Weighing the risks and benefits, Sam is also going to keep working out at home. “I might ask Meg, the personal trainer I work with, to come visit our backyard in the summer and work with the group of us, including my mother. Between now and next winter, I think I’ll buy some more weights. I’m very happy with my indoor cycling set up and Zwift. We’ve got the TRX. If I had more space I might buy a rowing machine. Bottom line: I’ll proceed pretty cautiously. But I am also pretty privileged in terms of space and workout company at home.”

Overall, we miss lots of things about our gyms and fitness studios — Bettina and Kim miss the pool, Sam misses hot yoga, Nicole and Nat miss the community, Catherine, Nicole and I miss heavy weights, I miss spinning and yoga classes — but for now, we’ll stay focused on at-home or solo movement, and make thoughtful choices about group spaces one at a time.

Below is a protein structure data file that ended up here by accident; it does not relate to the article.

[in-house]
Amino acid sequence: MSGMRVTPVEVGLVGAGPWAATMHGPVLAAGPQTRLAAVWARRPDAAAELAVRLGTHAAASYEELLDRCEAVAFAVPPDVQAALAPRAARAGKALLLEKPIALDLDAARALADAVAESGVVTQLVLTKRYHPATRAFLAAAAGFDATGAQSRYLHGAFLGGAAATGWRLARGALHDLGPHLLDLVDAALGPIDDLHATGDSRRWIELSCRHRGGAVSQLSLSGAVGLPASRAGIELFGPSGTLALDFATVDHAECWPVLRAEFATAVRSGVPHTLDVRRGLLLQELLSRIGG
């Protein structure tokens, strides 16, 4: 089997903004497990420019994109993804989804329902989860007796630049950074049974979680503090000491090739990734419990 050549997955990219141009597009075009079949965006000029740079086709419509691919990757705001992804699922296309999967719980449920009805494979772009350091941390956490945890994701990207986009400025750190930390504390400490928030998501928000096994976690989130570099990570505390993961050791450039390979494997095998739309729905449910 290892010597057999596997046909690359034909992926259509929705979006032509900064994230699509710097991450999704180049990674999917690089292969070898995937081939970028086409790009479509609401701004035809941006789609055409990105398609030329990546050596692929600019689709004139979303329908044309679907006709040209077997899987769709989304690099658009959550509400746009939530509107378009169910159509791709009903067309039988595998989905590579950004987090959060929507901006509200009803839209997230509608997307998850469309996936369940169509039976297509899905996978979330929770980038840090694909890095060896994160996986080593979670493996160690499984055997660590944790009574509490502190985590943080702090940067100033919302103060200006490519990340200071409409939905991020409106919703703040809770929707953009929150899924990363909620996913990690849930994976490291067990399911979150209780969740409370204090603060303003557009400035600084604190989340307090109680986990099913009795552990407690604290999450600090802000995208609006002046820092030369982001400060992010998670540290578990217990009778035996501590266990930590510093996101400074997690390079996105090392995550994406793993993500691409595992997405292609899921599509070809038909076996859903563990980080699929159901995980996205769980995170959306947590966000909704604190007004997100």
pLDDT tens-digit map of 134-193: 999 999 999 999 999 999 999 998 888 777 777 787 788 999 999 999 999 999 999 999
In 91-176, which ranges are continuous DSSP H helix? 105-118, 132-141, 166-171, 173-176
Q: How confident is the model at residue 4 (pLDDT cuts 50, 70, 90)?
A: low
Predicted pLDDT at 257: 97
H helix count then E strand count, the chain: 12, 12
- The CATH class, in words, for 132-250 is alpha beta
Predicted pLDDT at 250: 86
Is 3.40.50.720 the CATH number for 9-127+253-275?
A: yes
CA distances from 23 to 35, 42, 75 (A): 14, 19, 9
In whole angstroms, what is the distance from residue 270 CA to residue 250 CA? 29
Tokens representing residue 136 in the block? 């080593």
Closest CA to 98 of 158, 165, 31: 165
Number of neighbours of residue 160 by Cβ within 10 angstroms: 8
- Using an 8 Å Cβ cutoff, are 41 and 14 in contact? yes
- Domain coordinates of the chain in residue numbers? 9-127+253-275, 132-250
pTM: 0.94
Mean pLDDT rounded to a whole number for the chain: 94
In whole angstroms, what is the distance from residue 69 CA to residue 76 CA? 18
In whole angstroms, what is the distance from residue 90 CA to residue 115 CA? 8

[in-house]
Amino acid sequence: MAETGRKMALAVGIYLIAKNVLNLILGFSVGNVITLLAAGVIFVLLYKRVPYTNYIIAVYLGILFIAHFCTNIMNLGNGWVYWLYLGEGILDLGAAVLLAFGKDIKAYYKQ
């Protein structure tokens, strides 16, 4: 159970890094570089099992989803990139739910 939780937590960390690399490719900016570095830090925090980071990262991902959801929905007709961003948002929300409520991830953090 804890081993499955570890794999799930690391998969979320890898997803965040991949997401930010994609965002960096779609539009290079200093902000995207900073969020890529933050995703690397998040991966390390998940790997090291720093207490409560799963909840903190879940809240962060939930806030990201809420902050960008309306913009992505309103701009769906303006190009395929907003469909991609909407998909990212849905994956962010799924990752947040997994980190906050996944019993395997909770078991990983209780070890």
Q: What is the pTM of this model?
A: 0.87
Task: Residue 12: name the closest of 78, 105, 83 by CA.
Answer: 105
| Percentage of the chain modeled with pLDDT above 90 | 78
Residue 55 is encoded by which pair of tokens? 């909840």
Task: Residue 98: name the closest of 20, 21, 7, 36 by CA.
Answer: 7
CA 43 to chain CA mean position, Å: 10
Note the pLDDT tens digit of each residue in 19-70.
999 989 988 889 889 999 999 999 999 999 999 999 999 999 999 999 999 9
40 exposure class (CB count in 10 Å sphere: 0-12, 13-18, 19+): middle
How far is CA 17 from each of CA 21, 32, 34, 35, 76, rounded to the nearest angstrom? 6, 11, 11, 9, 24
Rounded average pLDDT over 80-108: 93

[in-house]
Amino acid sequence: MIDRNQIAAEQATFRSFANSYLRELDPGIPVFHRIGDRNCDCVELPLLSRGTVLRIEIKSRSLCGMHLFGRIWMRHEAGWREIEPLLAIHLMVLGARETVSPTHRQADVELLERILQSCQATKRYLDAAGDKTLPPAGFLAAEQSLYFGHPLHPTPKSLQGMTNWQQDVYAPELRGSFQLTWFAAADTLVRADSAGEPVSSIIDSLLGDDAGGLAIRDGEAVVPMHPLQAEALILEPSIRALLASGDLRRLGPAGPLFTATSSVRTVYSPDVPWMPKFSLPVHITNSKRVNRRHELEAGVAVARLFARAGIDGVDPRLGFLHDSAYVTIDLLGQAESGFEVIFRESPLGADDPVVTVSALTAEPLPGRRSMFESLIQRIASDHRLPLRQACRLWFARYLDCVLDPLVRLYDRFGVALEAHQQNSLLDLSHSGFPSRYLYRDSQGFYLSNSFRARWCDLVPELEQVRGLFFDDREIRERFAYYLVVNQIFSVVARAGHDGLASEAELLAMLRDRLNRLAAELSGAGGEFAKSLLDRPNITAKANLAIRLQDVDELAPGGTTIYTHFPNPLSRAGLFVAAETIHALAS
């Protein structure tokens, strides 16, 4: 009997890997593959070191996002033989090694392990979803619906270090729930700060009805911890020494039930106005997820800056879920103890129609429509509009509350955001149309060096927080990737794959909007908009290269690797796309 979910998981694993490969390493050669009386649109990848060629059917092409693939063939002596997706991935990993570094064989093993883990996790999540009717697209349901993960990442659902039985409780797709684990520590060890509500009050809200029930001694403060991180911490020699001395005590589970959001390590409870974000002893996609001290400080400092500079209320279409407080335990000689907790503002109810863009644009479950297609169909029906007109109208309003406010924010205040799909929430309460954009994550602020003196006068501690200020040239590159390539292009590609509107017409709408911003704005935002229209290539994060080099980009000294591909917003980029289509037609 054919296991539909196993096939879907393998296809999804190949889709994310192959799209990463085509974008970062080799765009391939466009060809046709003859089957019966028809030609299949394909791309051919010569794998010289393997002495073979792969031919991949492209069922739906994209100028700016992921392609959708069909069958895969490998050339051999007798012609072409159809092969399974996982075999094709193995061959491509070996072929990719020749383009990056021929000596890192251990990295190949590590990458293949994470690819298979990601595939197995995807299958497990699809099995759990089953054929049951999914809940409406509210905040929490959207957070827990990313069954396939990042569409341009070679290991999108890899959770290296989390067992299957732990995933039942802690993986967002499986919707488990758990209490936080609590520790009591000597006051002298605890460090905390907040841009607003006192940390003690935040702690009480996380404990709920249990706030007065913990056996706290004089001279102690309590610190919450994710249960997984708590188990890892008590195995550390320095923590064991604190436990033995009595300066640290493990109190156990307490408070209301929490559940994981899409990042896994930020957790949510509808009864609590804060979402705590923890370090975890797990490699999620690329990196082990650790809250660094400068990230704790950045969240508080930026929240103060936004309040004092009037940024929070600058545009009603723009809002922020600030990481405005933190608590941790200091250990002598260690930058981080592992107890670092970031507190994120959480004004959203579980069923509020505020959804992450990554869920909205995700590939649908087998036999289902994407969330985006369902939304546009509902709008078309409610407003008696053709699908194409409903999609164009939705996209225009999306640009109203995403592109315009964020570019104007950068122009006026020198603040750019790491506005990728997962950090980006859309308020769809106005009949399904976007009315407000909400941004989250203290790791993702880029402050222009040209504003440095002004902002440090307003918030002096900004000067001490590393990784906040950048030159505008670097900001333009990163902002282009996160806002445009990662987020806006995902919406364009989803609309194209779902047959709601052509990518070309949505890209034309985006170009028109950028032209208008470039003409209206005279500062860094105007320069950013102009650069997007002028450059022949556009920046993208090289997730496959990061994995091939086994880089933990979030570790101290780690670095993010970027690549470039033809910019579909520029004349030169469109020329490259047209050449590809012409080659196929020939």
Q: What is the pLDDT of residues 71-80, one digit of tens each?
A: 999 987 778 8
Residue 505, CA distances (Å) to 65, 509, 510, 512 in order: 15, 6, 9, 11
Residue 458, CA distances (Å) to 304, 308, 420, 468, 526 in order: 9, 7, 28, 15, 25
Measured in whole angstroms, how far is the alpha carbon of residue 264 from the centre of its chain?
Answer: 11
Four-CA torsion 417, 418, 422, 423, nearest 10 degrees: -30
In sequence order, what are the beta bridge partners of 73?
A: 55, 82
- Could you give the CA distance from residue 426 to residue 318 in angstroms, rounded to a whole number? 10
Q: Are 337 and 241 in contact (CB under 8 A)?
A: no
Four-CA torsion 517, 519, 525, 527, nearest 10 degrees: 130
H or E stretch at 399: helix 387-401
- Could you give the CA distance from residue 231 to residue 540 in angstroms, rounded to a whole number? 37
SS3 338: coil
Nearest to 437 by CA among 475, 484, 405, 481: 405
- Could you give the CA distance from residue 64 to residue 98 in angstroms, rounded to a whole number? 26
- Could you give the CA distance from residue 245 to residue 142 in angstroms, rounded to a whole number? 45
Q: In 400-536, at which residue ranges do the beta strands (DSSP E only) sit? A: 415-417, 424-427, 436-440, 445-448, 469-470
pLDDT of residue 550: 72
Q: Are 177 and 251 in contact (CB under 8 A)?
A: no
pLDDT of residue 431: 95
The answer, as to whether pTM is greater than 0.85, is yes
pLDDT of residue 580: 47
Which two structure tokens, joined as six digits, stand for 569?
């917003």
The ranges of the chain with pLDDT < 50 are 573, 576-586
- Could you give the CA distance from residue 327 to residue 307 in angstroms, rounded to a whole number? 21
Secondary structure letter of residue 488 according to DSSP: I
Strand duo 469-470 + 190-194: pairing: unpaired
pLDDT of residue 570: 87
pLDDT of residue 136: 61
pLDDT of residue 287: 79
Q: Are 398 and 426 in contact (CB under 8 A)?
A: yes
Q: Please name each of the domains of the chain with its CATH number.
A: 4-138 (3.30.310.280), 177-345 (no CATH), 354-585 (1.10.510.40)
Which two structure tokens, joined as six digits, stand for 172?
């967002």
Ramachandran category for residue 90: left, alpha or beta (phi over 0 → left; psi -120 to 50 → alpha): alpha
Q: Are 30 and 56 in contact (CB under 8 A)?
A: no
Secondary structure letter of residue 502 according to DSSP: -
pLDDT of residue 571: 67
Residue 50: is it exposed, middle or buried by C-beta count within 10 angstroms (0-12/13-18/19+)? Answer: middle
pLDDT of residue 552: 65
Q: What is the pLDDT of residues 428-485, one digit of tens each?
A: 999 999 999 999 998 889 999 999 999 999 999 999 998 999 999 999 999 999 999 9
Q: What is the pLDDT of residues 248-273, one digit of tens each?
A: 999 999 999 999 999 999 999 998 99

What about you? Will you be there on “Day 1”? Or are you in a wait and see mode as well?

Fieldpoppy is Cate Creede, who lives in Toronto, where she’s been discovering new spaces on her solo runs.

fitness

Still menstruating at 55 1/4 — and still learning new things!

I’m the doyenne of menstruation around here, with my two year old post “53 and a half and still menstruating” consistently in our top 10 posts every month. I wrote an update a year later, in which I expressed a bit more frustration with my status as a Menstruator Emeritus.

Well here it is, three months after I turned 55, and blam, here I am, too old to invest in a diva cup, but bleeding like a young thing.

SCARED KITTY!

But here’s the thing: on my 550th period or what have you, I’ve learned something new. Yesterday, I was complaining about cramps, being tired and having a sore throat. In the Time of Covid, a sore throat is one of those EEEK moments.

But then I started reflecting, and I texted Susan — “I complain about a sore throat every time I have my period, don’t I?”

“Yup,” she said. “It’s so weird.”